Evidence for a role of delta sleep-inducing peptide in slow-wave sleep and sleep-related growth hormone release in the rat.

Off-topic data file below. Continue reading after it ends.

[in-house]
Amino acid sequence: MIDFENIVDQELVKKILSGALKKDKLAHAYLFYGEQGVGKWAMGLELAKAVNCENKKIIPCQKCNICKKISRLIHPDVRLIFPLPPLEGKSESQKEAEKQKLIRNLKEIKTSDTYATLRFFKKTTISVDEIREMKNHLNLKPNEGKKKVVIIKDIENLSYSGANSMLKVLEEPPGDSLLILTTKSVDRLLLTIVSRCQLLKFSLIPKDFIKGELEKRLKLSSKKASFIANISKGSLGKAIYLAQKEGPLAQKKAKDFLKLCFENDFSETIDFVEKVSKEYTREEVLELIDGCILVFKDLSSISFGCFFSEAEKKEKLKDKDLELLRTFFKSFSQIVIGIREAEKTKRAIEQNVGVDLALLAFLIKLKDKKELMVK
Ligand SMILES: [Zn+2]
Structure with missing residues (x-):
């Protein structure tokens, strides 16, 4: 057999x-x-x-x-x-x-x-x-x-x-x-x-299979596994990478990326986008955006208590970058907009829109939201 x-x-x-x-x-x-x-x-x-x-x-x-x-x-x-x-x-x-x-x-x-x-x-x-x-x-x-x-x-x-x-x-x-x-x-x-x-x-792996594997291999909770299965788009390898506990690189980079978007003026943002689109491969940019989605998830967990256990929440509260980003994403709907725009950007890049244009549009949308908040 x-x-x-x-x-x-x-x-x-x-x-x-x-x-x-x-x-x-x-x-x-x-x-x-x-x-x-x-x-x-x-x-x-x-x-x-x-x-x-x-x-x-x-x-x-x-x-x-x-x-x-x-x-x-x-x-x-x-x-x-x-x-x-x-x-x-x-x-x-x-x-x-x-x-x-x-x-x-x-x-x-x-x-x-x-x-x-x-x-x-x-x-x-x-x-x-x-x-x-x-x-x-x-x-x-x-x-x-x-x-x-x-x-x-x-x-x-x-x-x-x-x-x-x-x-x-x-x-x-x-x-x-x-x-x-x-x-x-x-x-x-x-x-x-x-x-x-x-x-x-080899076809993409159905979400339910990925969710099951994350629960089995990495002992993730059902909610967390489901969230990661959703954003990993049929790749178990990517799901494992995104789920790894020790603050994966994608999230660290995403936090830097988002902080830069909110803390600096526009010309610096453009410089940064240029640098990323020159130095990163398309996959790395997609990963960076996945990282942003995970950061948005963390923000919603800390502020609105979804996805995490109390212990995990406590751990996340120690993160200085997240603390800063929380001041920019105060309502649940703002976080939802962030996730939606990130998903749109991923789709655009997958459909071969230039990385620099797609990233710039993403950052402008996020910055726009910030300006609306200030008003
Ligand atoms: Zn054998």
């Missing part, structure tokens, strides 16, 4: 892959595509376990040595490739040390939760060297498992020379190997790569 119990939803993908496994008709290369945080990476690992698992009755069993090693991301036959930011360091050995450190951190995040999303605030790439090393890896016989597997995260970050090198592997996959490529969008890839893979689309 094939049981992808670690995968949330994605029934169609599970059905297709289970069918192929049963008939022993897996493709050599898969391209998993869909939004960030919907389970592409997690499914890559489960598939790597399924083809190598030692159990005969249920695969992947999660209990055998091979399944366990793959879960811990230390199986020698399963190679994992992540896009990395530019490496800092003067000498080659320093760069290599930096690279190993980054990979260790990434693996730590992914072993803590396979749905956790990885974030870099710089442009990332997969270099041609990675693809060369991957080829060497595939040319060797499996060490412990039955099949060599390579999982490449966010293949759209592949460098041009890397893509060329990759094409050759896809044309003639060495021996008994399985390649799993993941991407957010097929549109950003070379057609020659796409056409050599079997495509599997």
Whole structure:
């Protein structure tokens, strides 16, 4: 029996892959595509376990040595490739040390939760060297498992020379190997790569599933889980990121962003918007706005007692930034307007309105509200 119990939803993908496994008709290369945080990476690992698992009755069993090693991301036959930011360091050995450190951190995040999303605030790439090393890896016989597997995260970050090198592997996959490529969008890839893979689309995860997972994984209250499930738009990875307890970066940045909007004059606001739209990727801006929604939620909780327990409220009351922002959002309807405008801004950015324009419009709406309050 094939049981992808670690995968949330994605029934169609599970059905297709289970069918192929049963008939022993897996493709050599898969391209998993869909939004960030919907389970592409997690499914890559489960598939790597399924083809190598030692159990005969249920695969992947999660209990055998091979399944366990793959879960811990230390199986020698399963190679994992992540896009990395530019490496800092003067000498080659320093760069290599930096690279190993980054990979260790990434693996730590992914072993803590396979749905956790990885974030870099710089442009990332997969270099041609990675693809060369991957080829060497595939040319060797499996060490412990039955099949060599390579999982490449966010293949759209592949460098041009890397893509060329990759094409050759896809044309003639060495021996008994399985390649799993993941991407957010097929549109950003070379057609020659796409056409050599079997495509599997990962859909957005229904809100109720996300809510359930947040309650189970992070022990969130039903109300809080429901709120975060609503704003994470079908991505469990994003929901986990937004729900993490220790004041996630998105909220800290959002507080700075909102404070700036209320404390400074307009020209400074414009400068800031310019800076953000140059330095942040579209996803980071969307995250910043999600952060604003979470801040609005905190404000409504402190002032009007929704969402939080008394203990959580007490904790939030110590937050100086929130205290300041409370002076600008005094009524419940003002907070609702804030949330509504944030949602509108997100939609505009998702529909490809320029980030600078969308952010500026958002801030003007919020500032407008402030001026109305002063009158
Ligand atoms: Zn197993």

To examine the role of delta sleep-inducing peptide (DSIP) in sleep-related growth hormone (GH) release, male rats were deprived of sleep for 4 hr by placing them on a slowly rotating wheel. Sleep deprivation by this method caused a significant increase in GH release, as indicated by the increase in plasma GH concentrations (P less than 0.01), and also in the amount of slow-wave sleep (SWS) (P less than 0.001) above initial values after removal of the animals from the rotating wheel. These increases were blocked by microinjection into the third cerebral ventricle of highly specific antiserum to DSIP. In control rats receiving an equal volume of normal rabbit serum, the significant increase in plasma GH as well as SWS remained after removal of the rats from the wheel. The increased release of endogenous DSIP in the sleep-deprived animals may have caused an increase in SWS as well as plasma GH. Since DSIP increases plasma GH after its injection into the third cerebral ventricle and since passive immunization against DSIP blocks the increase in SWS and GH release that follows the 4 hr of sleep deprivation, the results suggest that DSIP can be a physiological stimulus for sleep-related GH release as well as for the induction of SWS.

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